Estimated annual median wage: $85,570

  2. Community Health Worker
    Community health workers develop strategies and create programs to teach people and communities about issues of wellness, including nutrition, self-care, mental health and disease awareness. They also advocate for the wellness needs of their communities, collect data about populations and perform outreach to neglected areas.

    Estimated annual median wage: $46,590

  3. Epidemiologist
    Epidemiologists investigate patterns and causes of disease and injury to find preventable and treatable options. They communicate their findings to health practitioners and policy makers to provide warnings, suggest best courses of action and promote effective treatments.

    Estimated annual median wage: $78,830

  4. Environmental Health Specialists
    Environmental health specialists study how environmental factors affect human health. They investigate potential health risks and then educate and provide guidance to government officials, businesses and the public about how to minimize impacts and improve both public and environmental health.

    Estimated annual median wage: $76,530

Beyond engineering and health, there is a wide array of careers that prioritize positive work for both the environment and communities. These can be private or public businesses, organizations and educational institutions and are just a small sample of the more in-demand positions.

  1. Urban Planner
    Urban planners work to identify community needs and develop short- and long-term solutions to improve and revitalize communities and areas. Their goal is to address economic, social and environmental issues within a community by presenting projects related to urban development, historical preservation and sustainable land use.

    Estimated annual median wage: $78,500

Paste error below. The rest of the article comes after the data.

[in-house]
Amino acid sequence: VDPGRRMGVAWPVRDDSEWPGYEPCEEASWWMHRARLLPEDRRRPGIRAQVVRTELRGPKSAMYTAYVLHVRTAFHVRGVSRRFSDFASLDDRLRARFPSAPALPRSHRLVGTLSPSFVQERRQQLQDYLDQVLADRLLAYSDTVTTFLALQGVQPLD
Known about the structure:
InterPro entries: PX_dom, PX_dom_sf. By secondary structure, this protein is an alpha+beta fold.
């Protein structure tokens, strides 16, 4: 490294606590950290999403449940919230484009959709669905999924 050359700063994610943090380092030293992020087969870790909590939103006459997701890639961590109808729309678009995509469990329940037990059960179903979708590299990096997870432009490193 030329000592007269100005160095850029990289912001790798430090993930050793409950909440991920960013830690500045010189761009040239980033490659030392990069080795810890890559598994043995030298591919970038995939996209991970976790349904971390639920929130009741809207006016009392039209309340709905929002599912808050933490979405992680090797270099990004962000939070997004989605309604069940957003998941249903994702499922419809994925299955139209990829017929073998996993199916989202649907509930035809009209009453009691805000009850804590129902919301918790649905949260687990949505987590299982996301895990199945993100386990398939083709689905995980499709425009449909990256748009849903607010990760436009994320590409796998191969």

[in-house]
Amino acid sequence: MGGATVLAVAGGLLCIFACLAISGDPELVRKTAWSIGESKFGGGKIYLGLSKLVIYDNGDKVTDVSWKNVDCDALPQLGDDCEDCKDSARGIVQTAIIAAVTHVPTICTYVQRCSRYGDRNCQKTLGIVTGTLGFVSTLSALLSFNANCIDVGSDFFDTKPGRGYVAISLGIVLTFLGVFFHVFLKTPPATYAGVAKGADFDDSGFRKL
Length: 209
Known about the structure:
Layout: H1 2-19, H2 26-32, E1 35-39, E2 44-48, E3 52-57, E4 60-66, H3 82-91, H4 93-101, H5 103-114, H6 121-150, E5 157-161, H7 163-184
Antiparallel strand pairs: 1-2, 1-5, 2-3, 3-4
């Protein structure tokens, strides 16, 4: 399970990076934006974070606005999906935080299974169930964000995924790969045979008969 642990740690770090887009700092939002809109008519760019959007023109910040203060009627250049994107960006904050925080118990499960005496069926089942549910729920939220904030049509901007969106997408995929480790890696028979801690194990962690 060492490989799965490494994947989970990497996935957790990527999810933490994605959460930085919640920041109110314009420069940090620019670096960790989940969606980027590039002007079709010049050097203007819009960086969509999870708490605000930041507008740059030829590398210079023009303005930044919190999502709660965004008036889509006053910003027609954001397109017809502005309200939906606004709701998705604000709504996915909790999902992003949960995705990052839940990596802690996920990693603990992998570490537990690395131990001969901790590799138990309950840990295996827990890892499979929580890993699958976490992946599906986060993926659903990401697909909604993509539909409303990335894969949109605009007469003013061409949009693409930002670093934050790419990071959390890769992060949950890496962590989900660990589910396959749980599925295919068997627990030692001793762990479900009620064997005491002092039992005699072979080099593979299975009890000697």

2. Chief Sustainability Officer
    The chief sustainability officer (CSO) oversees the sustainability goals, strategies, policies and initiatives of an organization. These responsibilities can range from environmental impacts and carbon footprint to working conditions and addressing social issues. The CSO will determine how sustainability can be realized across departments and delegate responsibilities to specific teams.

    Estimated annual median wage: $95,516

  3. Conservation Scientist
    Conservation scientists work with private landowners and federal, state and local governments to find ways to use and improve the land for agriculture. They also help control erosion, preserve water supplies and otherwise safeguard the environment.

    Estimated annual median wage: $63,750

  4. Nonprofit Executive Director
    Nonprofit organizations offer services to members or a community as a supplement to aid and services provided by government and businesses. The executive director manages the people, property and assets of the nonprofit organization. They also help set the goals, oversee fundraising and direct communications.

    Estimated annual median salary: $98,980

Of course, these aren’t the only jobs that would make the world a better place. You can achieve great things in fields such as education, public safety, counseling or child-care. Whichever way you choose to combine your skills and expertise with your passion, know that making positive changes on even a small, local scale is enough of a difference.

*All median wages sourced from the U.S. Bureau of Labor Statistics in May 2022.

Beyond the Established with MESH

If you’re looking to develop innovative solutions to help solve global health and wellness issues, co-create and innovate at the the intersection and overlap of the above listed careers, and want to connect with other aspiring professionals who feel the same, then we invite you to explore the University of San Diego’s Master of Science in Engineering, Sustainability and Health.